At the beginning, the military was practically nonexistent.
Believing that “standing armies in time of peace are inconsistent with the principles of republican governments [and] dangerous to the liberties of a free people,” the U.S. legislature disbanded the Continental Army following the Revolutionary War, except for a few dozen troops guarding munitions at West Point, New York, and Fort Pitt, Pennsylvania. Yet it also called upon four well-manned state militias to provide 700 men in order to deal with potential threats from Native Americans and the British. A reorganized version of this so-called First American Regiment essentially would be all President George Washington had at his command upon taking office in April 1789.
Washington had to remind Congress to create the military.
The ratification of the Constitution in 1788 greatly expanded the federal government’s authority, in part by giving Congress the power to raise and support armies. The First Congress did not immediately act upon this provision, however, choosing instead to set up the State, War and Treasury departments and the judiciary, among other things. On August 7, 1789, President Washington urged it to establish “some uniform and effective system” for the military “on which the honor, safety and well being of our country so evidently and essentially depend.” He made a second plea for action three days later. But it was not until September 29, the last day of its first session, that Congress passed a bill empowering the president “to call into service, from time to time, such part of the militia of the states, respectively, as he may judge necessary.” Before that, states could refuse to send along their men.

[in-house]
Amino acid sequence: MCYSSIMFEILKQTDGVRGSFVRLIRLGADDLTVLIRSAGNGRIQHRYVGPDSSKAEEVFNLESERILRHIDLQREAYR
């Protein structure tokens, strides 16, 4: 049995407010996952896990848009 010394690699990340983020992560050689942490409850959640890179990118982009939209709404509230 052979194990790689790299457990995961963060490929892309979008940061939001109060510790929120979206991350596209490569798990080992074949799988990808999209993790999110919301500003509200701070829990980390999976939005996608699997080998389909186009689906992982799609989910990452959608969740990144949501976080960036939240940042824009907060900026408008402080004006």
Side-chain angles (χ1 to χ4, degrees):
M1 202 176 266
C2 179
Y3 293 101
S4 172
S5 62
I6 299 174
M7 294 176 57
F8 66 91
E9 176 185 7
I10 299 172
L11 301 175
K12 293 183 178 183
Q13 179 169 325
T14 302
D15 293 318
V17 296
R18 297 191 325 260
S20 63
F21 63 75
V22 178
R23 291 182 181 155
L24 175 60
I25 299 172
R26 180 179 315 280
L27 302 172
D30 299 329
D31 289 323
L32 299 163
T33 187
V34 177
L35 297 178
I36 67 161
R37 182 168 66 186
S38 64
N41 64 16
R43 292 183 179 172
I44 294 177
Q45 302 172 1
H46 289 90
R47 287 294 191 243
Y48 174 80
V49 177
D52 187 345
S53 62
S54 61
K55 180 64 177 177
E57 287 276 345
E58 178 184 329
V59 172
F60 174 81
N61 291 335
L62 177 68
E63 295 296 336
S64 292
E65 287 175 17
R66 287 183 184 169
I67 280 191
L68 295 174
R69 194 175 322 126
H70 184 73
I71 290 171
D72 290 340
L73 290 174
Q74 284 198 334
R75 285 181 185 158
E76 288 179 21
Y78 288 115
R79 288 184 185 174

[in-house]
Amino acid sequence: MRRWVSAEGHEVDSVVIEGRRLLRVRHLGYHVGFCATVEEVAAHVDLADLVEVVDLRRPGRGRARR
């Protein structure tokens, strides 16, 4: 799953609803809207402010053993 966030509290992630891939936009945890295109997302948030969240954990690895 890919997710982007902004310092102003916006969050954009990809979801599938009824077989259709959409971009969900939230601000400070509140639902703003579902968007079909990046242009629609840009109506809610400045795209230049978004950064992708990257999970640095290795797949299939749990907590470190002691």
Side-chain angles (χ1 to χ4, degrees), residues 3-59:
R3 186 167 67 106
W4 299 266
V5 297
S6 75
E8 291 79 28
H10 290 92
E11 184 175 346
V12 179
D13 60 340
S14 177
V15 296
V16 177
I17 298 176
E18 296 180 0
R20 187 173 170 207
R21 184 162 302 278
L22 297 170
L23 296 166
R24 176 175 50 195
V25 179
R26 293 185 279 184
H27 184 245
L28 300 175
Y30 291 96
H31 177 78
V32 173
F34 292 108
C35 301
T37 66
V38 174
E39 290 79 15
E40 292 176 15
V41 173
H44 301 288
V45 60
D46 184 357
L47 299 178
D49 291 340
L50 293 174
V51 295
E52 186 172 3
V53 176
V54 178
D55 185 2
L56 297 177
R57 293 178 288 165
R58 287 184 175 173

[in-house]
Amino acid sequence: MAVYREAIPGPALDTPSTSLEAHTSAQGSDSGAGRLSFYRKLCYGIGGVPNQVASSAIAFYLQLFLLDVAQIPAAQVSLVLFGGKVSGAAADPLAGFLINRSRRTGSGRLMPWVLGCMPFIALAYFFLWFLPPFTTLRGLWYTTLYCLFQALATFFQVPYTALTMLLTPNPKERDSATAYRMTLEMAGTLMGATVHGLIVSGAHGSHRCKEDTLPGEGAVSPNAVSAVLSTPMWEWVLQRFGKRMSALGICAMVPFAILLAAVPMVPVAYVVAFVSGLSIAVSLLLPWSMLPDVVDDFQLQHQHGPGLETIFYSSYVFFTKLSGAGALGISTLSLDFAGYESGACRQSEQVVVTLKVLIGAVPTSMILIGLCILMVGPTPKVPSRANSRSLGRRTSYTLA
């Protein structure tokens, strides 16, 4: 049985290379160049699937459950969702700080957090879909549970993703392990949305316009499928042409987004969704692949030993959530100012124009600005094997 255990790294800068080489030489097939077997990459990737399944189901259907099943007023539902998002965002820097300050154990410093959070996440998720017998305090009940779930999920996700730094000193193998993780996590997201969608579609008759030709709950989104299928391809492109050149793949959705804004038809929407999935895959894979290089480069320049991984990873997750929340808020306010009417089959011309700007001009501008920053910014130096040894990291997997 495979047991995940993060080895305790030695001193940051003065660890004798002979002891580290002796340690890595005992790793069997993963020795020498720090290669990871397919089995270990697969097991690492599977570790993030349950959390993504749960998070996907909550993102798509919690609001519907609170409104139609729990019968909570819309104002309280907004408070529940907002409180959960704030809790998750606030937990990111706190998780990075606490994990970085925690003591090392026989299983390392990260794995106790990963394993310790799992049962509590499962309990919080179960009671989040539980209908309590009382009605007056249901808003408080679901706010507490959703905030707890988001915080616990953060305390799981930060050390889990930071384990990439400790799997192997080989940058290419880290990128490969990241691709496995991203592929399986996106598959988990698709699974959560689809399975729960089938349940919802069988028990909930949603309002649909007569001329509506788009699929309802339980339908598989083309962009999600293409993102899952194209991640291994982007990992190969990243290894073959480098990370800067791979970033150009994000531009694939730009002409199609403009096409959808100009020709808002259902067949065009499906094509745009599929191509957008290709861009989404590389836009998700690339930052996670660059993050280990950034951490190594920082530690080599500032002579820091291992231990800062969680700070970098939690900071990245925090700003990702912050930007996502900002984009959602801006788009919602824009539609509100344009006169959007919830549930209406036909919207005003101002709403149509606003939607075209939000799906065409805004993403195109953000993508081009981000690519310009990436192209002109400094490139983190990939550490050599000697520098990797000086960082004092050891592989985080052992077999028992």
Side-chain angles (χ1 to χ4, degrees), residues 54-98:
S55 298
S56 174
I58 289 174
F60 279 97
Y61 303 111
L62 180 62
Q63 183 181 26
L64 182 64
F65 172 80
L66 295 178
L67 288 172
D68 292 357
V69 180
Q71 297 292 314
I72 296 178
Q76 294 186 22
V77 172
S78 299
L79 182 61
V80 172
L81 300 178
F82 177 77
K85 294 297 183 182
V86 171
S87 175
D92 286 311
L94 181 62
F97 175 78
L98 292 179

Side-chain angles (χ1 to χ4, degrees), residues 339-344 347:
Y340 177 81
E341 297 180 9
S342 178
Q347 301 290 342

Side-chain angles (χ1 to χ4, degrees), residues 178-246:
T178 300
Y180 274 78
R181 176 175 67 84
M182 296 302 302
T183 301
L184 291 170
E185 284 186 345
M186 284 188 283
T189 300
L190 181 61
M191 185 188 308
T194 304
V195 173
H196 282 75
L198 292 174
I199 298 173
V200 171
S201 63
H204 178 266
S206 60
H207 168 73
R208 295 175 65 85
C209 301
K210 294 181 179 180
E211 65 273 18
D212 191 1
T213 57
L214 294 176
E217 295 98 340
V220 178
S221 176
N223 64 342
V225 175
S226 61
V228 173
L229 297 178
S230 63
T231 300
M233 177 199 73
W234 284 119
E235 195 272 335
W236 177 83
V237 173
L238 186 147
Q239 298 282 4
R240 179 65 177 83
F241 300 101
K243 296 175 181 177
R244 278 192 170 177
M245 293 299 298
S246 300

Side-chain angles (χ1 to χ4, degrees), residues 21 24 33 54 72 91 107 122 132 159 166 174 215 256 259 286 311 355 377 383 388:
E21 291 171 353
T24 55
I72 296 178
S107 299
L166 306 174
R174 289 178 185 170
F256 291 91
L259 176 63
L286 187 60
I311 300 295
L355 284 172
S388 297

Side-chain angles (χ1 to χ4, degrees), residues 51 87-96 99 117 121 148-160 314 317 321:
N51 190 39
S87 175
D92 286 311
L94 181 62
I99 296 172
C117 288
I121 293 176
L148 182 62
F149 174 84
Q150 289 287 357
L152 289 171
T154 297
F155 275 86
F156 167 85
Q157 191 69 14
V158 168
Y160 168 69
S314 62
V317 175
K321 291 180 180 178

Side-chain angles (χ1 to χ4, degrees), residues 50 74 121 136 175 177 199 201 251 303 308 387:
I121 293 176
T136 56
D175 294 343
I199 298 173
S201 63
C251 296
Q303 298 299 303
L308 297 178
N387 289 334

The Civil War was the bloodiest in U.S. history.
Throughout the first several decades of its existence, the United States suffered relatively few combat casualties. That all changed during the Civil War, when the Union and Confederacy lost at least 618,000 men between them—and possibly many more—to bullets and disease. In fact, it’s believed that more Americans were killed or wounded in one day of fighting at Antietam than in the entire War of 1812, itself the seventh-deadliest conflict in U.S. history. Since the Civil War, only World War II has come close in terms of American deaths, with 405,000.
The use of camouflage dates back over a century.
In 1779, George Washington chose blue as the primary uniform color of the Continental Army, a decision that remained in place as late as the Spanish-American War of 1898, when some U.S. troops in Cuba purportedly smeared mud on themselves so as to better avoid enemy snipers. Soon after, the Army adopted a khaki summer uniform and a greenish-brown winter service uniform, keeping the traditional blue only for formal occasions. More changes came during World War I, when, following the example of the French, the U.S. military formed a team of artists and other creative types to design low-visibility apparel. Allied camoufleurs, influenced by Cubism and other modern styles, also painted ships with bold, wild-looking stripes to confuse German submarines and built false bridges, decoy tanks and even paper-mache horse carcasses. Later on, neuroscientists helped to produce increasingly complex camouflage patterns, including one known as “U.S. woodland,” used primarily of late by Navy SEALs. And in 2001, the Marines introduced pixelated, computer-generated camouflage.
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The first women enlisted around World War I.